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    Given that universal broadband access is the current pet project at the FCC, I think we can assume that nobody is particularly concerned about bandwidth. As long as the Comcasts, the Qworsts, the Verizons and the AT&Ts can bill you for something they'll make it happen; especially if the can make it traffic sensitive.
     
  13. SayWhat?

    SayWhat? Know Nothing

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    ^^^ Wasn't it called Internet 2.0 or something where they were talking about billing by traffic instead of ( or in addition to ) a flat monthly access rate?
     
  14. SayWhat?

    SayWhat? Know Nothing

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    This thread brings up a memory of an interview on a local TV news station back in the late 80's or early 90's. Some tech guru was being interviewed about TV via the internet. The news anchor (an idiot, but that's a different story) kept trying to compare it to channels. He kept referring to cable TV's 200 channels and asking how many channels there would be on the web. The techie kept trying to explain the concept of URLs which wasn't widely understood by most people then. He'd say that there would be thousands of URLs that you could enter and the anchor would come back with "So there will be thousands of channels? How can anyone watch all that?".

    The techie finally gave up.
     
  15. bscoles

    bscoles Legend

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    Internet delivery could potentially be possible in 2010 for some provided they are not BW capped. Personally, I don't think 2010 is a realistic time frame for both technical and practical reasons. Also, Internet 'enabled' also does not directly translate to a complete model of watching TV from the Internet or IPTV.


    If you were to combine technologies, it could almost be indistinguishable from existing DVR technology. So you could browse your guide for shows, then set them to 'Record'(download) as a series link - downloading when they became available. Live viewing could be more problematic, but stream BW adjustments could allow it to be tailored to the BW available.

    Local, Regional & National shows could be delivered to common connected server farms that could then redestribute throughout the nation.

    The only thing is, I have not seen any hardware, software or business models that currently attempts to do any of the above examples in a self contained form. Not that any of my examples are the end all, be all... but I do think it's going to require a combination of technologies. Closest, so far, is the on-demand feature in the DirecTV DVR.

    In the end though, it's not the technology that is going to limit it's availability in the next few years. What is going to have to change is the large Media Behemoths to change their direction away from what it perceives as a tried and true method 'mass' delivery to a new approach. Even locals could attempt to compete, but would require a major change in the business model and mindset. Yes, in some ways it is heading that way, what with hulu and netflix, etc. making offerings. But these are all currently designed not to displace the current method.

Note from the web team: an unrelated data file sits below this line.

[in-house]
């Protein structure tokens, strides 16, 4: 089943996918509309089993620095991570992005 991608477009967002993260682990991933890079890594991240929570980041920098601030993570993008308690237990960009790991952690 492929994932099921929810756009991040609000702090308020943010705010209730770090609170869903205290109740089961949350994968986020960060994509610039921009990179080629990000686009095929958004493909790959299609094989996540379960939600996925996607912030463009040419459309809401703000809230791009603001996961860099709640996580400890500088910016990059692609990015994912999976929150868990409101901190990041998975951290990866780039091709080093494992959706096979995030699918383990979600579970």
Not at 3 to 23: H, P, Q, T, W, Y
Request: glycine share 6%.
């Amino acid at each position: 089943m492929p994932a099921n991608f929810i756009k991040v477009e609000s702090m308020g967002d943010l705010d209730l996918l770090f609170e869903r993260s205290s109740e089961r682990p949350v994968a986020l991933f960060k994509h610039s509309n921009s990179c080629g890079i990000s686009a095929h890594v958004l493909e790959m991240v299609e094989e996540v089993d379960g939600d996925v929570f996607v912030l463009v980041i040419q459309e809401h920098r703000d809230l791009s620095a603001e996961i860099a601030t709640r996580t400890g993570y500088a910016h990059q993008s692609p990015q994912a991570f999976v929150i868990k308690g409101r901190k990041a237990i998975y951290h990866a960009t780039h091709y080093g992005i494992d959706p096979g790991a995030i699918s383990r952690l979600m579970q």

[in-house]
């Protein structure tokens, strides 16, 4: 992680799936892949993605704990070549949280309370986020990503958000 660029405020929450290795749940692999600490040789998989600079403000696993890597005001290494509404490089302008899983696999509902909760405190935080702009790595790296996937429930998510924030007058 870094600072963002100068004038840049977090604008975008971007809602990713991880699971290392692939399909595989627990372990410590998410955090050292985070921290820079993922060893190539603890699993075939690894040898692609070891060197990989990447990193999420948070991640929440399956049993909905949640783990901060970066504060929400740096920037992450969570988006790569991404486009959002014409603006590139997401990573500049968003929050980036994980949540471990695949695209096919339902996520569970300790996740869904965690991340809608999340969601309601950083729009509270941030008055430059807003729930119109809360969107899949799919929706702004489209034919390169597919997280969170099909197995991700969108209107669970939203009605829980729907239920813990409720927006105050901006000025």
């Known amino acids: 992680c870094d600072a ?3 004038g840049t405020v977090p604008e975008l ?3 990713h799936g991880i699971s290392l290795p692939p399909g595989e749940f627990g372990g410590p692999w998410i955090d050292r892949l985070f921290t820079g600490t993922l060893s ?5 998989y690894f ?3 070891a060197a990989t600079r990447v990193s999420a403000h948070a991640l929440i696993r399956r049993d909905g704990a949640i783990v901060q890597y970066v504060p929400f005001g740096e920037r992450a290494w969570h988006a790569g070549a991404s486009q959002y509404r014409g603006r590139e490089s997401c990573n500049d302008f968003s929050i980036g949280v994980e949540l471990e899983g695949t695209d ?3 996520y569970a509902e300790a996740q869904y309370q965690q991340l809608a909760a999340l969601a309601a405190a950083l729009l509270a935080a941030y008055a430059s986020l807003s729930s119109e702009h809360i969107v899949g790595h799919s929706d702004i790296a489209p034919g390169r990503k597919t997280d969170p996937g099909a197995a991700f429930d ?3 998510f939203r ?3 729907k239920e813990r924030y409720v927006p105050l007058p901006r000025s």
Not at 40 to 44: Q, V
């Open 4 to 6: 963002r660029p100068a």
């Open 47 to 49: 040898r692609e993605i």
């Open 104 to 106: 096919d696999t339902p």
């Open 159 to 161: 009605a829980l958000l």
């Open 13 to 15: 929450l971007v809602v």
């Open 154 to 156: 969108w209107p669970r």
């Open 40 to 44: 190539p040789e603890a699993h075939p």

16. BAHitman

    BAHitman Godfather

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    Time Warner tried that "pay by the kilobyte" stuff here in Austin, and due to public outcry, cancelled the "test' of that service...

    It is going to take the consumer to complain, or competition to make a difference...

    Here in Austin, the normal rate is 7Mbit, but in areas where there is FIOS, TWC has it raised... I so wish FIOS would come to the Austin area so I can get decent internet speeds...
     
  17. Ken S

    Ken S RIP

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    The good old days are in front of us...unless of course you're betting long term on old, stop-gap technology like hard-drive based single DVRs and one-way satellite delivery of content. They won't go away totally anytime soon, but an HR2x will pretty much akin to running a Commodore 64 before very long. I think we'll see adoption really start around 2011 and the "gold rush" around 2013 - 2015.

    We may see the concept of networks go away as well...production studios and/or networkks may choose to go direct to customers.
     
  18. The Merg

    The Merg 1*

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    1200 baud?!? My first modem was for my C64 at a whopping 300 baud... :D

    - Merg
     
  19. Stuart Sweet

    Stuart Sweet The Shadow Knows!

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    Luxury! My first modem was the kind where you had to put the phone handset in a cradle! (Technically not a modem but an acoustic coupler!)
     
  20. SayWhat?

    SayWhat? Know Nothing

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    ^^^^ Would you like to play a game Professor Falken?